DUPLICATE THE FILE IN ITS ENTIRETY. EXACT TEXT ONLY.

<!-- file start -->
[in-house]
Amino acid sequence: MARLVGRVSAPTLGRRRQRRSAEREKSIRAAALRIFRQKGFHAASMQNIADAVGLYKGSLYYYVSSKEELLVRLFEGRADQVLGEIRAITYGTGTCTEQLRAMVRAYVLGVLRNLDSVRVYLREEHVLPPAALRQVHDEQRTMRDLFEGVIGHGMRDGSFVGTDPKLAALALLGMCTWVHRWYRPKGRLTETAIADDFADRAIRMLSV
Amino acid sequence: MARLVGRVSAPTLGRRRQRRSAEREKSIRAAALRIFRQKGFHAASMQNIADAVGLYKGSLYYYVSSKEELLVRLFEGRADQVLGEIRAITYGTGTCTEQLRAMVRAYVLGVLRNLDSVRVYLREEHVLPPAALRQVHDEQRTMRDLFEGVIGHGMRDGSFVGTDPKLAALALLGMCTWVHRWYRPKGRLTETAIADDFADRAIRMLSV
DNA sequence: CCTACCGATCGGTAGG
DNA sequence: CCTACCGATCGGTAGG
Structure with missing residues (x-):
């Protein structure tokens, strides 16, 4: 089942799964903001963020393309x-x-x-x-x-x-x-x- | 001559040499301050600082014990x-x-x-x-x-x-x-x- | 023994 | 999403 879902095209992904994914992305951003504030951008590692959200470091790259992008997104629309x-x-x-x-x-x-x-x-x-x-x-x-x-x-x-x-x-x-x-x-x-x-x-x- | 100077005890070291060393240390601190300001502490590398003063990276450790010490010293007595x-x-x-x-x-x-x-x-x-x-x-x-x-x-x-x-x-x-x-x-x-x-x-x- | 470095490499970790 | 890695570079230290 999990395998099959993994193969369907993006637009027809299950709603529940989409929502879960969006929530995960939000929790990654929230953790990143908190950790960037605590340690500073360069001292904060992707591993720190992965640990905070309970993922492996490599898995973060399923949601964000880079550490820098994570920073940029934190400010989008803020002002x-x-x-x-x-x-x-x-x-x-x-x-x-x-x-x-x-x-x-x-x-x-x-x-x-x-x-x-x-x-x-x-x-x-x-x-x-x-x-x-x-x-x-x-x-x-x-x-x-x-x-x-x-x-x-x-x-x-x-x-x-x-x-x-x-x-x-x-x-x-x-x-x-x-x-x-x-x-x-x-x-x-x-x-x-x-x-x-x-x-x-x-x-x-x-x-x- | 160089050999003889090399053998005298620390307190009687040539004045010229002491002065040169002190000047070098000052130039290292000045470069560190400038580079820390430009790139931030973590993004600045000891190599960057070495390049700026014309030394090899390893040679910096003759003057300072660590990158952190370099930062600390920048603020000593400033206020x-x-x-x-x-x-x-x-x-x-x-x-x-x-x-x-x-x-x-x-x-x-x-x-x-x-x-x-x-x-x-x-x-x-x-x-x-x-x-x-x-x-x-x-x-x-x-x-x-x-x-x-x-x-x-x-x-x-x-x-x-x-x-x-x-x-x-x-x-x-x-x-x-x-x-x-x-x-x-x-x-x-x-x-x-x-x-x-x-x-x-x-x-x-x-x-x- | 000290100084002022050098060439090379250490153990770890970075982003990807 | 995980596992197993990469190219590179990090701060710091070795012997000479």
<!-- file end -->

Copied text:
[in-house]
Amino acid sequence: MARLVGRVSAPTLGRRRQRRSAEREKSIRAAALRIFRQKGFHAASMQNIADAVGLYKGSLYYYVSSKEELLVRLFEGRADQVLGEIRAITYGTGTCTEQLRAMVRAYVLGVLRNLDSVRVYLREEHVLPPAALRQVHDEQRTMRDLFEGVIGHGMRDGSFVGTDPKLAALALLGMCTWVHRWYRPKGRLTETAIADDFADRAIRMLSV
Amino acid sequence: MARLVGRVSAPTLGRRRQRRSAEREKSIRAAALRIFRQKGFHAASMQNIADAVGLYKGSLYYYVSSKEELLVRLFEGRADQVLGEIRAITYGTGTCTEQLRAMVRAYVLGVLRNLDSVRVYLREEHVLPPAALRQVHDEQRTMRDLFEGVIGHGMRDGSFVGTDPKLAALALLGMCTWVHRWYRPKGRLTETAIADDFADRAIRMLSV
DNA sequence: CCTACCGATCGGTAGG
DNA sequence: CCTACCGATCGGTAGG
Structure with missing residues (x-):
């Protein structure tokens, strides 16, 4: 089942799964903001963020393309x-x-x-x-x-x-x-x- | 001559040499301050600082014990x-x-x-x-x-x-x-x- | 023994 | 999403 879902095209992904994914992305951003504030951008590692959200470091790259992008997104629309x-x-x-x-x-x-x-x-x-x-x-x-x-x-x-x-x-x-x-x-x-x-x-x- | 100077005890070291060393240390601190300001502490590398003063990276450790010490010293007595x-x-x-x-x-x-x-x-x-x-x-x-x-x-x-x-x-x-x-x-x-x-x-x- | 470095490499970790 | 890695570079230290 999990395998099959993994193969369907993006637009027809299950709603529940989409929502879960969006929530995960939000929790990654929230953790990143908190950790960037605590340690500073360069001292904060992707591993720190992965640990905070309970993922492996490599898995973060399923949601964000880079550490820098994570920073940029934190400010989008803020002002x-x-x-x-x-x-x-x-x-x-x-x-x-x-x-x-x-x-x-x-x-x-x-x-x-x-x-x-x-x-x-x-x-x-x-x-x-x-x-x-x-x-x-x-x-x-x-x-x-x-x-x-x-x-x-x-x-x-x-x-x-x-x-x-x-x-x-x-x-x-x-x-x-x-x-x-x-x-x-x-x-x-x-x-x-x-x-x-x-x-x-x-x-x-x-x-x- | 160089050999003889090399053998005298620390307190009687040539004045010229002491002065040169002190000047070098000052130039290292000045470069560190400038580079820390430009790139931030973590993004600045000891190599960057070495390049700026014309030394090899390893040679910096003759003057300072660590990158952190370099930062600390920048603020000593400033206020x-x-x-x-x-x-x-x-x-x-x-x-x-x-x-x-x-x-x-x-x-x-x-x-x-x-x-x-x-x-x-x-x-x-x-x-x-x-x-x-x-x-x-x-x-x-x-x-x-x-x-x-x-x-x-x-x-x-x-x-x-x-x-x-x-x-x-x-x-x-x-x-x-x-x-x-x-x-x-x-x-x-x-x-x-x-x-x-x-x-x-x-x-x-x-x-x- | 000290100084002022050098060439090379250490153990770890970075982003990807 | 995980596992197993990469190219590179990090701060710091070795012997000479």